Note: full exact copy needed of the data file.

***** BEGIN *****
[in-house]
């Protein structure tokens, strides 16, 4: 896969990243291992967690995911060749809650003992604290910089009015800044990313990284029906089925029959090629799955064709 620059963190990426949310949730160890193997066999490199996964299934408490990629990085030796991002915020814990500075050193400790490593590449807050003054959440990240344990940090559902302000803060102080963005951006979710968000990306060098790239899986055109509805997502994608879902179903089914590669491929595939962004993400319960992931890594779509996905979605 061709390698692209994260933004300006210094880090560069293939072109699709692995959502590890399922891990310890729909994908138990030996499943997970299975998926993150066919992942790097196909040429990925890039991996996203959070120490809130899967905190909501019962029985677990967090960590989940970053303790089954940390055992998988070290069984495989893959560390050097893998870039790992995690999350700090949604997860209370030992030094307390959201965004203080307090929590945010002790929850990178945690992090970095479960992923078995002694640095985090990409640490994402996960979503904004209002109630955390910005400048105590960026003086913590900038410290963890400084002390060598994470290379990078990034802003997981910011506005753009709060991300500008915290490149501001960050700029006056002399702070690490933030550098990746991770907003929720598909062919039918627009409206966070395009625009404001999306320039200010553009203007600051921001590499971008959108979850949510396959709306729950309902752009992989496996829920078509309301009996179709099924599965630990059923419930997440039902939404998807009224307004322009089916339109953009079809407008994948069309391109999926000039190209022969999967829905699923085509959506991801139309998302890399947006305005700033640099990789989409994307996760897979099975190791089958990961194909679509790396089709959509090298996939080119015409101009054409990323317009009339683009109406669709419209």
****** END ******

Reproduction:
[in-house]
């Protein structure tokens, strides 16, 4: 896969990243291992967690995911060749809650003992604290910089009015800044990313990284029906089925029959090629799955064709 620059963190990426949310949730160890193997066999490199996964299934408490990629990085030796991002915020814990500075050193400790490593590449807050003054959440990240344990940090559902302000803060102080963005951006979710968000990306060098790239899986055109509805997502994608879902179903089914590669491929595939962004993400319960992931890594779509996905979605 061709390698692209994260933004300006210094880090560069293939072109699709692995959502590890399922891990310890729909994908138990030996499943997970299975998926993150066919992942790097196909040429990925890039991996996203959070120490809130899967905190909501019962029985677990967090960590989940970053303790089954940390055992998988070290069984495989893959560390050097893998870039790992995690999350700090949604997860209370030992030094307390959201965004203080307090929590945010002790929850990178945690992090970095479960992923078995002694640095985090990409640490994402996960979503904004209002109630955390910005400048105590960026003086913590900038410290963890400084002390060598994470290379990078990034802003997981910011506005753009709060991300500008915290490149501001960050700029006056002399702070690490933030550098990746991770907003929720598909062919039918627009409206966070395009625009404001999306320039200010553009203007600051921001590499971008959108979850949510396959709306729950309902752009992989496996829920078509309301009996179709099924599965630990059923419930997440039902939404998807009224307004322009089916339109953009079809407008994948069309391109999926000039190209022969999967829905699923085509959506991801139309998302890399947006305005700033640099990789989409994307996760897979099975190791089958990961194909679509790396089709959509090298996939080119015409101009054409990323317009009339683009109406669709419209």